Channel missions return to 436th APS after nineteen years

  • Published
  • By Senior Airman Faith Schaefer
  • 436th Airlift Wing Public Affairs

Nearly nineteen years ago, the 436th Aerial Port Squadron suffered a roof collapse in a storage warehouse causing a decline in mission generation capabilities. As a result, some channel missions were redirected to Joint Base McGuire-Dix-Lakehurst, New Jersey. Due to world events and a rearrangement of logistics, the missions returned to Dover Air Force Base May 1, 2022.


Channel missions are regularly scheduled missions that send cargo through the U.S. European Command and U.S. Central Command theaters.


Home to a premier airlift wing and several mission partners, Dover AFB delivers more than 20% of the nation’s outsized airlift capacity. Channel missions make up a large part of the airlift, and the 436th APS, also known as the “Super Port,” is one of the key players, specializing in all things cargo and passenger transportation throughout multiple combatant commands. Acquiring the channel missions will add approximately 24 missions monthly to the 436th APS workload.


“It was vital to ensure the squadron with majority of the air transportation manning, most robust facilities, and high number of material handling capability, was able to be the prime mover of channel cargo to customers in Europe and the Middle East; that unit is the Super Port,” said Col. Bary Flack, 436th Maintenance Group commander. “Based on those factors AMC and TRANSCOM made the decision to move the Europe channels to Dover [AFB] from McGuire [JBMDL].”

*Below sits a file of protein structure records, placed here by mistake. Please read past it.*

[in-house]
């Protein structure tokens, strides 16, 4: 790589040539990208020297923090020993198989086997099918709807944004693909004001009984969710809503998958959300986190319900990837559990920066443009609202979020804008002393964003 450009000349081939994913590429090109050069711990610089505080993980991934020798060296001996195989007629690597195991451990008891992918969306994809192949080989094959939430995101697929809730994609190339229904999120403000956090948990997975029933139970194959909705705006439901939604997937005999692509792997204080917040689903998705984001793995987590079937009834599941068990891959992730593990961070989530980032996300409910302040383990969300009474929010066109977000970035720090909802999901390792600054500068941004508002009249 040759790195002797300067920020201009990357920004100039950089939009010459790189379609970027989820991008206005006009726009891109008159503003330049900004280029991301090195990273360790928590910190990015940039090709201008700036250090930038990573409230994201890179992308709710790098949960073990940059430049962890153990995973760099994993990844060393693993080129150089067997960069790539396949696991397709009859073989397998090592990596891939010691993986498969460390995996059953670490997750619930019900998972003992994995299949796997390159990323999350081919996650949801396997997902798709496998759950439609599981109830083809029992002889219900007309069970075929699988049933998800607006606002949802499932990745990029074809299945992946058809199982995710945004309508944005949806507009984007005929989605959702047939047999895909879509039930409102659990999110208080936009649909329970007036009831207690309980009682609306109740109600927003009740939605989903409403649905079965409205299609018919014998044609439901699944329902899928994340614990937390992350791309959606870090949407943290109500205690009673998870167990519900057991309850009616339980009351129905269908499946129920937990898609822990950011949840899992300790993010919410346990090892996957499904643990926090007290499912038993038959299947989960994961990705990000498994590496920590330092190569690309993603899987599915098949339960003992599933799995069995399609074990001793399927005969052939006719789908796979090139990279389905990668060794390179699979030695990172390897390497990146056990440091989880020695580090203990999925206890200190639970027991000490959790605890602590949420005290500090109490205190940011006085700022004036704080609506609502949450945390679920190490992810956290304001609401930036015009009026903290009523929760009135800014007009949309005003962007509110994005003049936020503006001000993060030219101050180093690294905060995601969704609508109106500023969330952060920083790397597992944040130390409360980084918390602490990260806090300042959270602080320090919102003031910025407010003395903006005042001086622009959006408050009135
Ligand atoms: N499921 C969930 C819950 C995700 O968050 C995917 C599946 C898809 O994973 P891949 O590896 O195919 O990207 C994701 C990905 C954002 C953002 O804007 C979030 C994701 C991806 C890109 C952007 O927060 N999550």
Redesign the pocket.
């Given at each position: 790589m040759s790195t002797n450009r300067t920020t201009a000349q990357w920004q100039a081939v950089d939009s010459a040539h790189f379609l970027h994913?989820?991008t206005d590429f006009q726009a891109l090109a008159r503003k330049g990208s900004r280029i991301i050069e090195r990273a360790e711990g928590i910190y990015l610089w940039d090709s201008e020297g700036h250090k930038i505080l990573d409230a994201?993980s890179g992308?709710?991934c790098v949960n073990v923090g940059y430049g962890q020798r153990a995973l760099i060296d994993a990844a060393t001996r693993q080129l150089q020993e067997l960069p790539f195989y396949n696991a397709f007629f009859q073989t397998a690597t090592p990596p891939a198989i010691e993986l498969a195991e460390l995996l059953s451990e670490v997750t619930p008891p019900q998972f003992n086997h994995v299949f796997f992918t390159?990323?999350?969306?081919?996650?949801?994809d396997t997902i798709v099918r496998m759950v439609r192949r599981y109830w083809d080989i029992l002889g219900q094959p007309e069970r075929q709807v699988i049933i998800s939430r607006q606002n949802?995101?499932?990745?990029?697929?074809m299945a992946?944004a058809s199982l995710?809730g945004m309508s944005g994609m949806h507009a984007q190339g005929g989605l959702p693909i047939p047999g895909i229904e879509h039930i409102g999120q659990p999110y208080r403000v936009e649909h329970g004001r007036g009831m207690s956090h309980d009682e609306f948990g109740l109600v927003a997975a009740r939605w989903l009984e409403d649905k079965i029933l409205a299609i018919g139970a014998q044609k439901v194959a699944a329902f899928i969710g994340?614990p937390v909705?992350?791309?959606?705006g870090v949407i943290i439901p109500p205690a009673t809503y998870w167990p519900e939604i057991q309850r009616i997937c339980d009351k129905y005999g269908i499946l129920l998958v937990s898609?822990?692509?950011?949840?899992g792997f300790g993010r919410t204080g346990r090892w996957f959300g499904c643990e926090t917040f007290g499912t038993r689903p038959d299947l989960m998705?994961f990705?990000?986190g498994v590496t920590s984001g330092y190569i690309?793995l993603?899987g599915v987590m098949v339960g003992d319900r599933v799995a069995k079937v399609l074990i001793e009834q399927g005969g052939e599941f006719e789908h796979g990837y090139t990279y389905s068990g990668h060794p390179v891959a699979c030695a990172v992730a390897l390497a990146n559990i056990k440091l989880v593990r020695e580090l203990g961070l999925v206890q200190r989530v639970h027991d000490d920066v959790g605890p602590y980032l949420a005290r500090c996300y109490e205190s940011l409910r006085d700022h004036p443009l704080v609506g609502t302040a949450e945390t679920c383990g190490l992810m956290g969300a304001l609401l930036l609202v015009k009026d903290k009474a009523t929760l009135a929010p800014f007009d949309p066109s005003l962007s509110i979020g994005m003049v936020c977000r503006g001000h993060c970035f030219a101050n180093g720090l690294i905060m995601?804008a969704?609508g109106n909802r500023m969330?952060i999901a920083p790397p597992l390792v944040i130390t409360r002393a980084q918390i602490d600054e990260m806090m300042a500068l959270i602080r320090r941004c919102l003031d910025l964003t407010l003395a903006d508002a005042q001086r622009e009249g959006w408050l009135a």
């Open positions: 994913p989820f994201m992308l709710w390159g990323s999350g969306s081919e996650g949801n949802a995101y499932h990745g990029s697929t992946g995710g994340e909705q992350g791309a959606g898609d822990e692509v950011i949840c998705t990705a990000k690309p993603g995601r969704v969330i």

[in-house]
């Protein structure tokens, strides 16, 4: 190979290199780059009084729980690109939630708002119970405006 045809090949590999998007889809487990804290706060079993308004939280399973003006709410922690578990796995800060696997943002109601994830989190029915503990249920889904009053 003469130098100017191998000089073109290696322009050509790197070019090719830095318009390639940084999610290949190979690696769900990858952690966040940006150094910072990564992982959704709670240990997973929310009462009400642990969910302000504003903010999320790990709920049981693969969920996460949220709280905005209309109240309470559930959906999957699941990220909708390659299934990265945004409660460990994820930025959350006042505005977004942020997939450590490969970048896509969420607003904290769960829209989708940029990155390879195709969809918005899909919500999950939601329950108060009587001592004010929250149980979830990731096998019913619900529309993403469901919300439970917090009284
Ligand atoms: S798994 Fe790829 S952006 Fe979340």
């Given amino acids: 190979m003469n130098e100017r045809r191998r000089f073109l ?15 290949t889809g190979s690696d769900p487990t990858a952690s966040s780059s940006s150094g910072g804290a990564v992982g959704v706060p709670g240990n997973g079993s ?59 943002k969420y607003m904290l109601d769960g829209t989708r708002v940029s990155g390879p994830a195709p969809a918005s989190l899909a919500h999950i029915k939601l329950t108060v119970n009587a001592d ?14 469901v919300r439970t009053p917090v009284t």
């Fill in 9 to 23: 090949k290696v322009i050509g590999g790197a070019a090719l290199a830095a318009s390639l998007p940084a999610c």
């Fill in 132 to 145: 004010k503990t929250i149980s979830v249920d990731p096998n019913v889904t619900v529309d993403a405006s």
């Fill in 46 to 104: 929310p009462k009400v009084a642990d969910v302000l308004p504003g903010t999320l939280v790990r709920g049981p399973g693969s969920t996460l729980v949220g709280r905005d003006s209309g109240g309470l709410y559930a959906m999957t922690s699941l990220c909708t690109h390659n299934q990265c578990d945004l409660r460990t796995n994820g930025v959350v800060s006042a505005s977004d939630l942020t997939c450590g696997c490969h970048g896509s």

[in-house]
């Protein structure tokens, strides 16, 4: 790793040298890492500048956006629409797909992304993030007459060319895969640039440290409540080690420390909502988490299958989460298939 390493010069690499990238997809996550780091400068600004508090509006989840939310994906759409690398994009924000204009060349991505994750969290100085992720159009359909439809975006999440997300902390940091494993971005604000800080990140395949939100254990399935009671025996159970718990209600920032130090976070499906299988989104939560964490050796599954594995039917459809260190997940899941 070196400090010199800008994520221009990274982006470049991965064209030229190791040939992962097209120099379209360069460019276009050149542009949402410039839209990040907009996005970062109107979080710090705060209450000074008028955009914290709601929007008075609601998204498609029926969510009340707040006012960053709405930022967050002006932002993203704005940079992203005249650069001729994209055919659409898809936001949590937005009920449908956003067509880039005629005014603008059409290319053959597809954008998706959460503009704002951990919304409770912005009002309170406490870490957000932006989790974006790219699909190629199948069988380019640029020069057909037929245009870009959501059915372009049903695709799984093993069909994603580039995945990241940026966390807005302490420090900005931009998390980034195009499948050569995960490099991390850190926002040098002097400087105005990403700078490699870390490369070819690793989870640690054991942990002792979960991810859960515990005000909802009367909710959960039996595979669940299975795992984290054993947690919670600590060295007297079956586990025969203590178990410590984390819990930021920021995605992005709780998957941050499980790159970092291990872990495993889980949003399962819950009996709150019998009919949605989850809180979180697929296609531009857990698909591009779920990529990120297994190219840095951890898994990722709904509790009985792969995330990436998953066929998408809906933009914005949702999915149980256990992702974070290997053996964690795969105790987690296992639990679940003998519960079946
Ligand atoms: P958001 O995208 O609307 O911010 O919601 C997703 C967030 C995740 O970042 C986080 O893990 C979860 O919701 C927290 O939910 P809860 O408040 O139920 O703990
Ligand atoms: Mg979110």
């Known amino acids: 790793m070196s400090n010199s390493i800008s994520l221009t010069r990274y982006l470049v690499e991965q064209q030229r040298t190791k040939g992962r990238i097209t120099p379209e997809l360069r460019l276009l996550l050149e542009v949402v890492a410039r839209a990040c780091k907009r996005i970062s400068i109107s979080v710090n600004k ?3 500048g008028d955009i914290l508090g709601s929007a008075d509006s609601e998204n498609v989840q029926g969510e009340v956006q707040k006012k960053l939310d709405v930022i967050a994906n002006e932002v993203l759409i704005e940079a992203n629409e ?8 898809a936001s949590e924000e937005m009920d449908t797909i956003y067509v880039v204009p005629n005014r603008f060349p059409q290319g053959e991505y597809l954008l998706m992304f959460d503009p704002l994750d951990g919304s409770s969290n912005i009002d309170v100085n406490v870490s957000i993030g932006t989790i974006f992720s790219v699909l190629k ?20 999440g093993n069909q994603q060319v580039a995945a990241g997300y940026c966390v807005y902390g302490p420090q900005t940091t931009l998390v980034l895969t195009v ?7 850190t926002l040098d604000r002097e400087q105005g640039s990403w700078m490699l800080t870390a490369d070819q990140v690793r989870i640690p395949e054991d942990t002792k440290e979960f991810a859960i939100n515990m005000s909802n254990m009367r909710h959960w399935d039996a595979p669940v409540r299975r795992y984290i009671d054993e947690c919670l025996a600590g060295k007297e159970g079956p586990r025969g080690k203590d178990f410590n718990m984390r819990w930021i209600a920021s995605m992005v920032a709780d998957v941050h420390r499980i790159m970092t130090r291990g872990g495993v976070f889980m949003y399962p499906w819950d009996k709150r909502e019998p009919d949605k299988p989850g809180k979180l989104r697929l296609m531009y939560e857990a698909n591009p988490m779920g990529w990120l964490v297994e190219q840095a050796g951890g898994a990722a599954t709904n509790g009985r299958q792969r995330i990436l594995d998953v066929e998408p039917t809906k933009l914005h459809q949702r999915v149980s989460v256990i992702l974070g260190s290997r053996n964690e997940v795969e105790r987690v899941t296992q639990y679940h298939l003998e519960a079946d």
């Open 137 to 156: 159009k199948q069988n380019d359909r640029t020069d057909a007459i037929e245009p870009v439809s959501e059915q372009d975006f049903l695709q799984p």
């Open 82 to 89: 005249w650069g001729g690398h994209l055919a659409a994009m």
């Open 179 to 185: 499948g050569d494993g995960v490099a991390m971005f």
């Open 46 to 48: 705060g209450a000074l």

Flack described the realignment as a joint decision between Air Mobility Command and U.S. Transportation Command, based on channel support for EUCOM and dwindling support required for CENTCOM.


“This channel realignment is a total Team Dover venture and mission, we are a power projection platform and main logistical hub for air movements of channel and sustainment cargo on the East Coast,” Flack exclaimed proudly. “Our [APS Airmen] are well trained and eager to make a difference. They are the best in the world at what they do.”


Capt. Nicholas Fontalvo, acting 436th APS commander, said the Super Port has more than enough resources to handle the realignment challenge.


“With us being the Super Port, we have twice the capability,” said Fontalvo. “We have twice the amount of space, manning and vehicles. For the Air Force to get its proper return on investments, we advocated to get those channel missions back. We are going to be using our facilities and our equipment for what they intentionally were purchased for, which was to handle a lot more cargo than we have been.”


Fontalvo stated the Airmen are motivated and they are the best trained to deliver for our mission partners and EUCOM. However, Flack stated the success of this realignment includes more than just the Super Port.

“The coordination across many Dover [AFB] units to support our Super Port has been outstanding; from security forces working gates for commercial truck traffic, to airfield management in the operations group working clearances for commercial airlift, to wing safety working waivers for explosive movements all have been integral in shaping the environment at Dover [AFB] to make this mission transition a success,” Flack said. “No matter the task, the Super Port and surrounding base units have clearly exceeded expectations and literally moved mountain to ensure others can prevail.”